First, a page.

Many cameras also have an "HDR" mode, which is great for shooting both flowers and landscapes — anything, as long as the subject isn't moving and the camera isn't moving. HDR photos take longer to snap, because your smart phone is actually taking three different pictures at three different settings and slicing them together, so make sure not to move your camera until the photos have all been taken.
Making use of the different camera modes is similar to having a DSLR. The modes make the camera work according to different preset preferences regarding the depth of field and shutter speed. There are also a long list of smartphone camera apps available to try out.
Do not face the sun. When shooting a photograph of a plant or landscape, make sure the sun is behind you so that the sun’s bright rays don’t overpower and take away from the plant or landscape features. Try to time photography sessions for either earlier in the morning or later in the afternoon, when the sun is lower in the sky and clearly pointing in one direction. Watch out for shadows.
Fill the frame with what you want your customers to see. Remove any excess equipment, trash or unnecessary items that can be moved.Always keep in mind the intent of the photograph. What are you trying to show? Are you trying to capture the size of a tree, the quality of a flower, the details of a landscape? When shooting a smaller plant or flower, get as close to the plant or flower as possible while still staying in focus. Fill the photograph with nothing but your subject. Try shooting smaller plants from a 30-degree overhead angle: not directly overhead but also not at eye level to capture as much of the plant as possible. When shooting larger trees or landscapes, try to get far enough away that the whole tree is in the photograph but close enough that additional items that may distract viewers from the intended subject are cropped out of the frame. If measuring the height of a tree, make sure to keep the ground in the photograph to provide viewers with context.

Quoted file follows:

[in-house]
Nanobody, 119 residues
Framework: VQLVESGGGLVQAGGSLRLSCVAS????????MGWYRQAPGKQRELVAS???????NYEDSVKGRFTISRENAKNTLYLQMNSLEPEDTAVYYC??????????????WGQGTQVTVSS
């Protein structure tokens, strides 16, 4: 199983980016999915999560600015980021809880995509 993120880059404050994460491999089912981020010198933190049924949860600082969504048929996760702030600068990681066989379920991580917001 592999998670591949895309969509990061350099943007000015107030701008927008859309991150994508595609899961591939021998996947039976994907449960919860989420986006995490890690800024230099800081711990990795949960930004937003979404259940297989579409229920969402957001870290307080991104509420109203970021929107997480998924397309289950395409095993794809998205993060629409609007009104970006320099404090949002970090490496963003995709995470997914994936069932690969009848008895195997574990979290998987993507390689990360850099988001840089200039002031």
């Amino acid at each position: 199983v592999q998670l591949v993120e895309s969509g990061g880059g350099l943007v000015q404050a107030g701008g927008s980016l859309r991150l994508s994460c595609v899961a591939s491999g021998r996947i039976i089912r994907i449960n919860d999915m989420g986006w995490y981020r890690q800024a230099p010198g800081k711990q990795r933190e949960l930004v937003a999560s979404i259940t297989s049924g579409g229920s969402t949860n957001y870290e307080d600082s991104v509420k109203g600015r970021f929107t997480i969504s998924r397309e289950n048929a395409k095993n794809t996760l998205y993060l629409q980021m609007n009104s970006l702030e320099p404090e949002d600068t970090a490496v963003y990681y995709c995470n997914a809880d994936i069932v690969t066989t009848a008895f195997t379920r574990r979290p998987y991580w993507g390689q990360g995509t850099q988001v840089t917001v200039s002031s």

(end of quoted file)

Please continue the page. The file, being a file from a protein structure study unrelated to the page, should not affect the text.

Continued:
If feasible, edit your photo. If you're taking hundreds of inventory photos for plant catalogues, don't worry about editing. But if a photo is going to be featured prominently on your website or social media or will have greater usage, you should take just 30 seconds or 1 minute and make basic edits
Send photos via email — never text. Sending a photo via text message automatically and drastically reduces the photo quality, making photos pixelated and impossible to enlarge. Sending photos from your smart phone via email might also reduce quality, but not as much. The best bet is to download photos from your smart phone onto a computer using a USB cable, then sending them via email.
Some real-world samples:
Have fun. Photography is an art. Try different angles or adding a purposeful prop to your photographs to increase customers’ interest in the photograph. Always feel free to take photos from multiple angles and different viewpoints — one photo of the whole plant, one photo of the crop and one photo up close. The more photos you share, the better!